SECTIONS

How old age collapsed Sh23m project to boost extension services in Nyeri

A Bodaboda operator ferries two pillions against the law put n place to help curb the spread of Covid-19 which requires a single pillion at a time and without facemasks at Meeting Point area of Nyeri town, April 20, 2020. [Mose Sammy, Standard]

When the county government of Nyeri invested Sh23 million in the purchase of additional vehicles and motorbikes to enhance the mobility of extension officers, there was the hope of increased agricultural production in the region.

The project governor Mutahi Kagwe launched in May 2018 saw his government buy more cars and motorbikes that were to be distributed to extension officers with a view of making their work of being intermediaries between research and farmers much easier.

However, four years down the line, the project appears to have hit a dead end. Reason? The aging officers, especially in the department of the veterinary who were the main targets of the project, refused to ride the bikes saying they were too old.

They also said they feared contracting respiratory diseases by riding motorbikes.

The project was expected to benefit 234 extension service officers across the county.

Unfortunately, the department is grappling with an aging workforce with most officers declining the idea of motorbikes.

As a matter of fact, the entire county government is grappling with an aging workforce said to be affecting services offered to the public.

Currently, the county has over 4,000 workers aged between 24 and 59 years. Close to half of the workers (40 per cent) are over 55 years.

Health and agriculture departments are the most affected with 56 per cent and 30 per cent of their staff, respectively, being over the age of 55.

Over the last seven years, at least 100 workers have exited the agriculture department through retirement. Some have exited through natural attrition, with the livestock department being the hardest hit.

Currently, the entire livestock department has only 16 staff left with some expected to retire in the next two years.

The department has 22 motorbikes that are currently being used by newly recruited interns who are literary running extension services.

The ratio of farmers to extension officers in Nyeri currently stands at 1:2,000 against the Food and Agricultural Organisation's recommended 1:400.

The majority of the livestock officers in charge of meat inspection in slaughterhouses, veterinarians, and other extensions services such as insemination and vaccinations have retired. 

So dire is the situation that out of the eight sub-county meat inspectors, only two are still in service, putting a strain on the slaughterhouses which cannot operate without their services.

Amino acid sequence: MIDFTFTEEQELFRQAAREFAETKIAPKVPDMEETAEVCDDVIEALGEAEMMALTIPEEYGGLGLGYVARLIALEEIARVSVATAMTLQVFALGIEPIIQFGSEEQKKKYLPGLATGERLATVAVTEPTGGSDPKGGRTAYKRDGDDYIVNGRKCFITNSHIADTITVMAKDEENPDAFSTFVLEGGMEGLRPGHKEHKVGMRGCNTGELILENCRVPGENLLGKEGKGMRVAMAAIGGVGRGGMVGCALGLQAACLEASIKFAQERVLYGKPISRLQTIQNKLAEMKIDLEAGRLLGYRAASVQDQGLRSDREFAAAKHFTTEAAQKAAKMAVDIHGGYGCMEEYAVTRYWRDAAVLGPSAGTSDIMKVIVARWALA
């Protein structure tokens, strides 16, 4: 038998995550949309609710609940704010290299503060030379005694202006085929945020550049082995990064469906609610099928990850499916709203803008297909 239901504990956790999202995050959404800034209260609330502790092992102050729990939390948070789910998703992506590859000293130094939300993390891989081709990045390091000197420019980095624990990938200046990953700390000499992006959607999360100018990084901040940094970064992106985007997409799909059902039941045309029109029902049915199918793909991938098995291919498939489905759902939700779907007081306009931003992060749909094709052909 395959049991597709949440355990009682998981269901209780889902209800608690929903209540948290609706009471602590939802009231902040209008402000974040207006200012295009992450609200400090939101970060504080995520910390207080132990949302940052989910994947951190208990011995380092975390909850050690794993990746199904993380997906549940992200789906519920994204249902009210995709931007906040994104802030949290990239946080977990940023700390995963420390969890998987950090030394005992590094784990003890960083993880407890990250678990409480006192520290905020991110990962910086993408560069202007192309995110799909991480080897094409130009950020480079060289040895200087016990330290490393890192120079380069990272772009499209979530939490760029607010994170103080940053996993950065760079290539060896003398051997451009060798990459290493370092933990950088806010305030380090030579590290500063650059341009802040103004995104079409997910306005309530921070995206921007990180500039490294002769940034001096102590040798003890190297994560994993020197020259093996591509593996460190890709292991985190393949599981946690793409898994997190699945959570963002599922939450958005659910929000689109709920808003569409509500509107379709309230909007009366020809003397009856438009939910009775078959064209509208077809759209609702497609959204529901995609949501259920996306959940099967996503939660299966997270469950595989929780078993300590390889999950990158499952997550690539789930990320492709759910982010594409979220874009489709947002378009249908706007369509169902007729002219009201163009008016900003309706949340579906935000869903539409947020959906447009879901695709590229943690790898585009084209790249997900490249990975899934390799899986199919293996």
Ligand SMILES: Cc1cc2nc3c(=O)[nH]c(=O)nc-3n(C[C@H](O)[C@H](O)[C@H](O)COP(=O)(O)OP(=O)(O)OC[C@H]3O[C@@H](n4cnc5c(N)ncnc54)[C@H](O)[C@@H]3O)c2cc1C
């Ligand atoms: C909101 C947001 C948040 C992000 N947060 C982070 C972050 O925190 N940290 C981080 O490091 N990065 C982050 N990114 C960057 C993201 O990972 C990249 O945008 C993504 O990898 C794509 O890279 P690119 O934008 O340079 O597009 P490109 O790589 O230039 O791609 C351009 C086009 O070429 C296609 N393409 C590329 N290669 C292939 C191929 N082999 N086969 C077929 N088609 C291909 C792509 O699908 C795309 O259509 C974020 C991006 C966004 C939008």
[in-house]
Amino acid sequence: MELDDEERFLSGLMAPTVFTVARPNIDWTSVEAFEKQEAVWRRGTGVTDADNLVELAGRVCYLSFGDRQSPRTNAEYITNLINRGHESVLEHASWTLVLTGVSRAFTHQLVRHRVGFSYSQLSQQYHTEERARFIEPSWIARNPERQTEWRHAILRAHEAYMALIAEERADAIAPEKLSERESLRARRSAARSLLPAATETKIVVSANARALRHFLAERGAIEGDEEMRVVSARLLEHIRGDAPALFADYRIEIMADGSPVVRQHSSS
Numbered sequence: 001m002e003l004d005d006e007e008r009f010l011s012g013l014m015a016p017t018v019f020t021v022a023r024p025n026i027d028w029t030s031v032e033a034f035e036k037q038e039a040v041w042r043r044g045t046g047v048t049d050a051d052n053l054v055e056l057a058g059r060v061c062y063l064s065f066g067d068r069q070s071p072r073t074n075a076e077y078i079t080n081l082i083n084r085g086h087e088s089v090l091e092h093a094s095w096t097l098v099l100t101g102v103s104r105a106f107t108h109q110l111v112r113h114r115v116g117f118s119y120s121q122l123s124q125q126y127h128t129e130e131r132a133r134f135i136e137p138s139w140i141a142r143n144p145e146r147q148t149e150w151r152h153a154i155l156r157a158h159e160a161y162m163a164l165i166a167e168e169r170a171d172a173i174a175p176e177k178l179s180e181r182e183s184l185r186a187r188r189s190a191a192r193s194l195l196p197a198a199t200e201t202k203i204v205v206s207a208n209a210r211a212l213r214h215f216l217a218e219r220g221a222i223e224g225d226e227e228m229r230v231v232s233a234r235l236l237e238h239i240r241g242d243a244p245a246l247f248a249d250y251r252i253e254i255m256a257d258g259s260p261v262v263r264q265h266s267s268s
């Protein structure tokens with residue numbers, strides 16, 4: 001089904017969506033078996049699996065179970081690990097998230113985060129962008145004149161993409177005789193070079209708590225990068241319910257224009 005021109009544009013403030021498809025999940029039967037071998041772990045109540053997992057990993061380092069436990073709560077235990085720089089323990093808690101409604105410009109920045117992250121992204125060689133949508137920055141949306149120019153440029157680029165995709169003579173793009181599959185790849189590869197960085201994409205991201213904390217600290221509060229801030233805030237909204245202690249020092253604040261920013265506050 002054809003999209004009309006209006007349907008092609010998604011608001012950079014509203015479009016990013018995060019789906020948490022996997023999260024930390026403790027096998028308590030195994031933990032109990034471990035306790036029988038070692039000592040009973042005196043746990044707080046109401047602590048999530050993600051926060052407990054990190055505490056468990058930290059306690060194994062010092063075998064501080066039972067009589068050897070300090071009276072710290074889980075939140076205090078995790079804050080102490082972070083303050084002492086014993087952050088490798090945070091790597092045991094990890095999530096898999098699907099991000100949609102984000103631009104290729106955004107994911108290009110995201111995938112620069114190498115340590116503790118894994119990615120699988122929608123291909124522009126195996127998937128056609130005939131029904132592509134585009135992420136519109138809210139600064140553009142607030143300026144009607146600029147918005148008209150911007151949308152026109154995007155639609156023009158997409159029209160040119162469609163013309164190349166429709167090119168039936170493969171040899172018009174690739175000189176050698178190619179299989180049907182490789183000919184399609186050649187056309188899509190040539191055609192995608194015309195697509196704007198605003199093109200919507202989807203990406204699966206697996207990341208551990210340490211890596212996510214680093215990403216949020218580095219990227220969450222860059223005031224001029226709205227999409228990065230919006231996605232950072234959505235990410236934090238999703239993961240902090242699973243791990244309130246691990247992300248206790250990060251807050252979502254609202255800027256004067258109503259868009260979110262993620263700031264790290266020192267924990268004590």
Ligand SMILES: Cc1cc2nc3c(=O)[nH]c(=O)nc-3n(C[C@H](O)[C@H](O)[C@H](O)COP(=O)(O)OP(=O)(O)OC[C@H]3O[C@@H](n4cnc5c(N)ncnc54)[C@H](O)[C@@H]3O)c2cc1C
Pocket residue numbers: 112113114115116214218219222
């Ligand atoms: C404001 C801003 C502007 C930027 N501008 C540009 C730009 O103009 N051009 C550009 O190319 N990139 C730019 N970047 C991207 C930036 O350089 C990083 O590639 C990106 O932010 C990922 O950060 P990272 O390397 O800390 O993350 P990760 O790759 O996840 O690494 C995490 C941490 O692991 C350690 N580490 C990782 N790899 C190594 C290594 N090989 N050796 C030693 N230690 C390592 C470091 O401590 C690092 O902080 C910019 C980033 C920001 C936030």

County agriculture minister James Muchiri confirmed that one meat inspector is currently working in up to four slaughterhouses.

“All meat slaughtered in the county must be inspected. After the officers retired, we had to hire more staff and so far, we have employed 35 staff mostly in the livestock department,” said Muchiri. 

He said that the government has been forced to go back to the drawing board after the elderly extension officers refused to use the motorbikes. 

“We had to come up with a more practical way to improve the working environment for our staff. That is why we purchased more vehicles for the department,” he said. 

Muchiri said the future of extension services is in technology and partnerships that can support these services. 

“Gone are the days when extension officers had to travel physically to your farm to offer support. Now, farmers can access the information they need on their mobile phones or through our call centres which are manned by experienced agricultural officers,” said Muchiri.

He added: "The role of government should be to regulate and standardise the information reaching farmers to ensure it is accurate."

The agriculture department has since promoted over 200 officers in the last three years. 

One of the challenges the county faced is that as a former provincial headquarters, the government absorbed a high number of employees most of whom were already on their way to retirement. 

National government policy employees nearing retirement were stationed in the provincial headquarters while new employees were posted to district headquarters, away from home to gain experience. 

The national government had also frozen hiring of employees in the late 1990s and early 2000s which has also affected services to the public.